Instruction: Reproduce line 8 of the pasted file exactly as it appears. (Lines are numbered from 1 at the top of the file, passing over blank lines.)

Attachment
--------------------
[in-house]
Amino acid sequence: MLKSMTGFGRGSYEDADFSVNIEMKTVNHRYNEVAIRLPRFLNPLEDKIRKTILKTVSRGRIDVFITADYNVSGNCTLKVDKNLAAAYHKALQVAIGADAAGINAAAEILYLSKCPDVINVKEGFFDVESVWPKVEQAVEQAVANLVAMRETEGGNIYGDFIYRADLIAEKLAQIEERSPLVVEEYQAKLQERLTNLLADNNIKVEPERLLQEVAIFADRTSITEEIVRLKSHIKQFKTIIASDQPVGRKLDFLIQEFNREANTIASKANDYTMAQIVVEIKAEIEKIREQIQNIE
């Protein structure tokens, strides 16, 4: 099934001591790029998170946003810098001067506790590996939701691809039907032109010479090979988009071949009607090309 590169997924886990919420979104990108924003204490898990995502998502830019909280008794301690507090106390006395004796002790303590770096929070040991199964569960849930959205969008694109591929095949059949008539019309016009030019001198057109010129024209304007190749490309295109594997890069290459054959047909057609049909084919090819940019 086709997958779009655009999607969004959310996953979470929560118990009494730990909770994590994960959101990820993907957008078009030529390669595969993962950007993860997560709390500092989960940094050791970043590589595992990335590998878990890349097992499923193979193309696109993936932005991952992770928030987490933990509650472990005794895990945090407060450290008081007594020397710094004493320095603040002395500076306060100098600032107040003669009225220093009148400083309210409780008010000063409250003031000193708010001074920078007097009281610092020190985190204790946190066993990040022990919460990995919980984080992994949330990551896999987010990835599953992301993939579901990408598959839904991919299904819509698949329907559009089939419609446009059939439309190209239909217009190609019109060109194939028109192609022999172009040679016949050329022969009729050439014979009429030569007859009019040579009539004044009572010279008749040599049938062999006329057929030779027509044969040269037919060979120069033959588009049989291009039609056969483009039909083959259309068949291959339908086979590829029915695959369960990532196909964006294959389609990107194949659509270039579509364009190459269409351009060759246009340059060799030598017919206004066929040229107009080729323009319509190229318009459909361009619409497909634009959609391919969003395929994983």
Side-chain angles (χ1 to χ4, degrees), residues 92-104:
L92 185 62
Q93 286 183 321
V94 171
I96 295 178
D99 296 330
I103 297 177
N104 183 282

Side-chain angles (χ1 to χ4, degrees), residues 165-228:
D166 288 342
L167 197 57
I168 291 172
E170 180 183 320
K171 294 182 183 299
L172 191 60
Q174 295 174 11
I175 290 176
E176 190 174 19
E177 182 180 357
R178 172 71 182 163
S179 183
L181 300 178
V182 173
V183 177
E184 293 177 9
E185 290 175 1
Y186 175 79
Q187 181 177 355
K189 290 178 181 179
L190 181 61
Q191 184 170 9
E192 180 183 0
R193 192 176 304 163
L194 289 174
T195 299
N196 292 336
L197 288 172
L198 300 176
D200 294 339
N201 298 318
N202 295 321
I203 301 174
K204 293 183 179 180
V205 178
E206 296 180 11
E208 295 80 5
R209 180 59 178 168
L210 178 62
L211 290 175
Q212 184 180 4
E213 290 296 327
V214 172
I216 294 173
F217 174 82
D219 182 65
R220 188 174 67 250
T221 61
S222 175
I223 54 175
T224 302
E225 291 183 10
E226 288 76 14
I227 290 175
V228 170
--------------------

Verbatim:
I96 295 178